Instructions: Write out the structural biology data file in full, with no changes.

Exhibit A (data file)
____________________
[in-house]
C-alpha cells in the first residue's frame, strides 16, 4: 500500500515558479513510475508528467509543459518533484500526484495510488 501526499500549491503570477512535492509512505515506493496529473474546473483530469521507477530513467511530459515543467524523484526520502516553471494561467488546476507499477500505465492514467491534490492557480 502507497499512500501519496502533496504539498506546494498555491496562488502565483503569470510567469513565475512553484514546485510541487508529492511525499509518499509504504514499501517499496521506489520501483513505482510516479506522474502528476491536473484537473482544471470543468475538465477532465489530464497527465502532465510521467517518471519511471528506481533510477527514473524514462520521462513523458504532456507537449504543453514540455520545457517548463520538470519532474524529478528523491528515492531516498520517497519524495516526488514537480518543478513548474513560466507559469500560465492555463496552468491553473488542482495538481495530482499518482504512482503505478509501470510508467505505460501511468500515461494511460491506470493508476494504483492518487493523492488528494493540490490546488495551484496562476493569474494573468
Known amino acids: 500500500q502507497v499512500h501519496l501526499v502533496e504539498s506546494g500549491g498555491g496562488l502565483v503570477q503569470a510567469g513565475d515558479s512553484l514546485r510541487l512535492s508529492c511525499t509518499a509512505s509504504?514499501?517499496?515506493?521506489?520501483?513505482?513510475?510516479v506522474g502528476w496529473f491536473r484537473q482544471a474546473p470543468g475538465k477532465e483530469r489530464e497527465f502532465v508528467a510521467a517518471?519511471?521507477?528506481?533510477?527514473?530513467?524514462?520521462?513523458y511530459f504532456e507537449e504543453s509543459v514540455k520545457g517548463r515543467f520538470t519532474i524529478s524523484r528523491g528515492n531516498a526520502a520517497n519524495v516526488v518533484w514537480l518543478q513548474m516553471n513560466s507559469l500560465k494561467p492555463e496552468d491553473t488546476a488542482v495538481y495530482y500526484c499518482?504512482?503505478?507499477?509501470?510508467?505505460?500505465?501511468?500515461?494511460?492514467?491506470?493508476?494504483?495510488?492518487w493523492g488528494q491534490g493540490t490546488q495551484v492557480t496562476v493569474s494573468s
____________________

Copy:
[in-house]
C-alpha cells in the first residue's frame, strides 16, 4: 500500500515558479513510475508528467509543459518533484500526484495510488 501526499500549491503570477512535492509512505515506493496529473474546473483530469521507477530513467511530459515543467524523484526520502516553471494561467488546476507499477500505465492514467491534490492557480 502507497499512500501519496502533496504539498506546494498555491496562488502565483503569470510567469513565475512553484514546485510541487508529492511525499509518499509504504514499501517499496521506489520501483513505482510516479506522474502528476491536473484537473482544471470543468475538465477532465489530464497527465502532465510521467517518471519511471528506481533510477527514473524514462520521462513523458504532456507537449504543453514540455520545457517548463520538470519532474524529478528523491528515492531516498520517497519524495516526488514537480518543478513548474513560466507559469500560465492555463496552468491553473488542482495538481495530482499518482504512482503505478509501470510508467505505460501511468500515461494511460491506470493508476494504483492518487493523492488528494493540490490546488495551484496562476493569474494573468
Known amino acids: 500500500q502507497v499512500h501519496l501526499v502533496e504539498s506546494g500549491g498555491g496562488l502565483v503570477q503569470a510567469g513565475d515558479s512553484l514546485r510541487l512535492s508529492c511525499t509518499a509512505s509504504?514499501?517499496?515506493?521506489?520501483?513505482?513510475?510516479v506522474g502528476w496529473f491536473r484537473q482544471a474546473p470543468g475538465k477532465e483530469r489530464e497527465f502532465v508528467a510521467a517518471?519511471?521507477?528506481?533510477?527514473?530513467?524514462?520521462?513523458y511530459f504532456e507537449e504543453s509543459v514540455k520545457g517548463r515543467f520538470t519532474i524529478s524523484r528523491g528515492n531516498a526520502a520517497n519524495v516526488v518533484w514537480l518543478q513548474m516553471n513560466s507559469l500560465k494561467p492555463e496552468d491553473t488546476a488542482v495538481y495530482y500526484c499518482?504512482?503505478?507499477?509501470?510508467?505505460?500505465?501511468?500515461?494511460?492514467?491506470?493508476?494504483?495510488?492518487w493523492g488528494q491534490g493540490t490546488q495551484v492557480t496562476v493569474s494573468s